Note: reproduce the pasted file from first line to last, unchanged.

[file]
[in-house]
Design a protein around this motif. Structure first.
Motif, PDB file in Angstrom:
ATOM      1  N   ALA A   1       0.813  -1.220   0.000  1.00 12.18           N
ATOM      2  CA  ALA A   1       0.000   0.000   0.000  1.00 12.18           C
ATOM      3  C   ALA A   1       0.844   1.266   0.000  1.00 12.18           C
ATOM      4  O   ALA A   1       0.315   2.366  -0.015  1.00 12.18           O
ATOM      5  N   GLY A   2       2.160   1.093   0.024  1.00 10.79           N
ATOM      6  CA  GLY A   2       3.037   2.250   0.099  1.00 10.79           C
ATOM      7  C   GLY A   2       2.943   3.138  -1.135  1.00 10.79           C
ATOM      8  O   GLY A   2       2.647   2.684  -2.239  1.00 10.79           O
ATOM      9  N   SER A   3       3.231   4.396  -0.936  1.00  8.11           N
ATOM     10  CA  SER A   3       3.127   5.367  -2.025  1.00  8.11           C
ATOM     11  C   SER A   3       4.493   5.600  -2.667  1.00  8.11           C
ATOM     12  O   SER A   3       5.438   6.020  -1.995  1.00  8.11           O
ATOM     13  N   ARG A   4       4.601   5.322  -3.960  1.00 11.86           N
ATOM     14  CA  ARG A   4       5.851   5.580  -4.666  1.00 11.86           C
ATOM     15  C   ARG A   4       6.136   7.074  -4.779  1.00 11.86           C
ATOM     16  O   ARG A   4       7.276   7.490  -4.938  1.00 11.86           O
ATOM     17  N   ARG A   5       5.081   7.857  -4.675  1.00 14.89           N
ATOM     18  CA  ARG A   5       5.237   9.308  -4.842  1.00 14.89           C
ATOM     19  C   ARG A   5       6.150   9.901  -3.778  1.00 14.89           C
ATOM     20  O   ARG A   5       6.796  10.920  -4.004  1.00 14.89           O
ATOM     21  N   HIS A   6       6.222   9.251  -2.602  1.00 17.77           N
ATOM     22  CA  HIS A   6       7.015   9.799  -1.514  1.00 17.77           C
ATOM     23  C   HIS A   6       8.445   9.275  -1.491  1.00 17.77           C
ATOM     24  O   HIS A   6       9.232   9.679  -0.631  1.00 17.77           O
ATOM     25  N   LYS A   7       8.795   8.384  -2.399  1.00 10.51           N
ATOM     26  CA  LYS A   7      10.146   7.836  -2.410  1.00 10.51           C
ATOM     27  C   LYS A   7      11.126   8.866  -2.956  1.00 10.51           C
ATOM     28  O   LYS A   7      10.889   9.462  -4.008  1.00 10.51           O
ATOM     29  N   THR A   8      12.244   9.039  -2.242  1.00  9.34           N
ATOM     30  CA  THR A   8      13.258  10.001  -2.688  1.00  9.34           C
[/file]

[in-house]
Design a protein around this motif. Structure first.
Motif, PDB file in Angstrom:
ATOM      1  N   ALA A   1       0.813  -1.220   0.000  1.00 12.18           N
ATOM      2  CA  ALA A   1       0.000   0.000   0.000  1.00 12.18           C
ATOM      3  C   ALA A   1       0.844   1.266   0.000  1.00 12.18           C
ATOM      4  O   ALA A   1       0.315   2.366  -0.015  1.00 12.18           O
ATOM      5  N   GLY A   2       2.160   1.093   0.024  1.00 10.79           N
ATOM      6  CA  GLY A   2       3.037   2.250   0.099  1.00 10.79           C
ATOM      7  C   GLY A   2       2.943   3.138  -1.135  1.00 10.79           C
ATOM      8  O   GLY A   2       2.647   2.684  -2.239  1.00 10.79           O
ATOM      9  N   SER A   3       3.231   4.396  -0.936  1.00  8.11           N
ATOM     10  CA  SER A   3       3.127   5.367  -2.025  1.00  8.11           C
ATOM     11  C   SER A   3       4.493   5.600  -2.667  1.00  8.11           C
ATOM     12  O   SER A   3       5.438   6.020  -1.995  1.00  8.11           O
ATOM     13  N   ARG A   4       4.601   5.322  -3.960  1.00 11.86           N
ATOM     14  CA  ARG A   4       5.851   5.580  -4.666  1.00 11.86           C
ATOM     15  C   ARG A   4       6.136   7.074  -4.779  1.00 11.86           C
ATOM     16  O   ARG A   4       7.276   7.490  -4.938  1.00 11.86           O
ATOM     17  N   ARG A   5       5.081   7.857  -4.675  1.00 14.89           N
ATOM     18  CA  ARG A   5       5.237   9.308  -4.842  1.00 14.89           C
ATOM     19  C   ARG A   5       6.150   9.901  -3.778  1.00 14.89           C
ATOM     20  O   ARG A   5       6.796  10.920  -4.004  1.00 14.89           O
ATOM     21  N   HIS A   6       6.222   9.251  -2.602  1.00 17.77           N
ATOM     22  CA  HIS A   6       7.015   9.799  -1.514  1.00 17.77           C
ATOM     23  C   HIS A   6       8.445   9.275  -1.491  1.00 17.77           C
ATOM     24  O   HIS A   6       9.232   9.679  -0.631  1.00 17.77           O
ATOM     25  N   LYS A   7       8.795   8.384  -2.399  1.00 10.51           N
ATOM     26  CA  LYS A   7      10.146   7.836  -2.410  1.00 10.51           C
ATOM     27  C   LYS A   7      11.126   8.866  -2.956  1.00 10.51           C
ATOM     28  O   LYS A   7      10.889   9.462  -4.008  1.00 10.51           O
ATOM     29  N   THR A   8      12.244   9.039  -2.242  1.00  9.34           N
ATOM     30  CA  THR A   8      13.258  10.001  -2.688  1.00  9.34           C